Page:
As women continue to take up space in an industry still dominated by men, it’s always a reason to celebrate when someone breaks through the glass ceiling and is recognized for her accomplishments. So is the case for music composer Hildur Guðnadóttir who won the Golden Globe for Best Original Film Score for her work on the critically-acclaimed film, “Joker”.  Guðnadóttir is the first woman to do so as a solo composer in the history of the the Golden Globes. The only woman to share in the honor previously was Lisa Gerrard, a co-winner with Hans Zimmer in 2000 for the film, “Gladiator” – and the last woman to be nominated was Karen O in 2009 for “Where the Wild Things Are.”

However, this isn’t the first time that Guðnadóttir has been recognized for her work. She recently won an Emmy for scoring on the TV show “Chernobyl,” which currently has her up for a GRAMMY as well. Plus, Guðnadóttir is nominated for “Joker” and “Chernobyl” at the Society of Composers and Lyricists’ awards, happening on January 7 at the Skirball Center.

This has been a long time coming as she been working as a film and TV composer for 20 years.  Earlier in her career, she sensed “a bit of wariness” about giving female composers big assignments. In fact, only 6% of our favorite shows use music composed by women. Fortunately, these stats continue to improve. “I believe because all the awareness raised in the last couple of years that I have definitely benefitted from a lot of that. People are just a bit more open toward trusting women.”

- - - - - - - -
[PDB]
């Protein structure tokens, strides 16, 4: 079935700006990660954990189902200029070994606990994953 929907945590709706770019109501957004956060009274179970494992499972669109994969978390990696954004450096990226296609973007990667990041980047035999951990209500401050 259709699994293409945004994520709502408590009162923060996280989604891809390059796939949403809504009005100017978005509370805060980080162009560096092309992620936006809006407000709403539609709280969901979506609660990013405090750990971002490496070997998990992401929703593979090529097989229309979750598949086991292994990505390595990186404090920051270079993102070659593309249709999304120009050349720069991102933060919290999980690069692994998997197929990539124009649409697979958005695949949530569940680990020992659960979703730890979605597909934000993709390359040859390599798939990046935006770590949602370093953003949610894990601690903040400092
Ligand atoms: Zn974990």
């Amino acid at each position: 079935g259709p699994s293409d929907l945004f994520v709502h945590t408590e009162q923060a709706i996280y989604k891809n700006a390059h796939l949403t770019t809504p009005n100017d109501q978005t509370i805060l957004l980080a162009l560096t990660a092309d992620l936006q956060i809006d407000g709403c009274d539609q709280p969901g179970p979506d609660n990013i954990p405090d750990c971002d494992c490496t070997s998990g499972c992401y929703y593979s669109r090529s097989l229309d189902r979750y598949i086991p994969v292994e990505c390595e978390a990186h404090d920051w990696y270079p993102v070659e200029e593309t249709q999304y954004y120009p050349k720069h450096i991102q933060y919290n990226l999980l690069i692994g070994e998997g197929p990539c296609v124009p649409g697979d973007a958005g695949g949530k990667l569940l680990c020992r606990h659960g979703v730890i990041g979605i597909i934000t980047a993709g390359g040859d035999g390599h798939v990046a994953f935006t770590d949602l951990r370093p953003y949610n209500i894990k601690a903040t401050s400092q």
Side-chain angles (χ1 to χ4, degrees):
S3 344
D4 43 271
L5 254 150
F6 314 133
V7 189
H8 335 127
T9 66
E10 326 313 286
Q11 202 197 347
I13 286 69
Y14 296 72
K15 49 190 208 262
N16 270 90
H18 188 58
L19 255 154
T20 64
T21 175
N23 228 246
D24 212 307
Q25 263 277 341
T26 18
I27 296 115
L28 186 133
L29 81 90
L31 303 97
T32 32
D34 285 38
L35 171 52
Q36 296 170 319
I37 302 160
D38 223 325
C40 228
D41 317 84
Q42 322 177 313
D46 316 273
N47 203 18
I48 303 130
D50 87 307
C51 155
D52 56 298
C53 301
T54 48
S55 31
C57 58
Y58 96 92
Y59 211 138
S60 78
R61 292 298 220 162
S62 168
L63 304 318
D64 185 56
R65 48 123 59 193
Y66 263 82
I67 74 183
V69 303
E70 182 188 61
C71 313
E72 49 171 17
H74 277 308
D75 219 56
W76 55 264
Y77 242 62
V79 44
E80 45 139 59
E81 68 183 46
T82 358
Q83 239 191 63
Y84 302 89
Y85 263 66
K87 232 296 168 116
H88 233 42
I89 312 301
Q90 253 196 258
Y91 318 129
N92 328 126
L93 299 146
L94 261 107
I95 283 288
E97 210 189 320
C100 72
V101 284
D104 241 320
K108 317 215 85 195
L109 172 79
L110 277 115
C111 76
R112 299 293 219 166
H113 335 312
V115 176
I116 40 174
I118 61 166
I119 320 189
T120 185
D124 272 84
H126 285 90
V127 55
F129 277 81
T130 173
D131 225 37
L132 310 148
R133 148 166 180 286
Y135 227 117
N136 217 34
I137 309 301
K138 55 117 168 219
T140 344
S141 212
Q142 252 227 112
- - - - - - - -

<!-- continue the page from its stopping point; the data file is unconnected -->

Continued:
“I’m speechless. This is unbelievable,” she said, accepting her Golden Globe. “Thank you, Todd (Phillips, the director), for inviting me on the journey of a lifetime, for all the trust and faith and your openness.” She also thanked lead actor Joaquin Phoenix for “making my job easy.”

She spoke with Variety recently about the unusual score. “In the beginning, you feel like you’re listening only to a solo cello, but there are almost 100 people playing throughout the score,” she said. “As the film develops, the orchestra steps more and more in front and, by the end, kind of suffocates the cello. This poor guy gets so angry, and the orchestra gets angry with him; everything gets louder and more aggressive, and the music really punches you in the face.”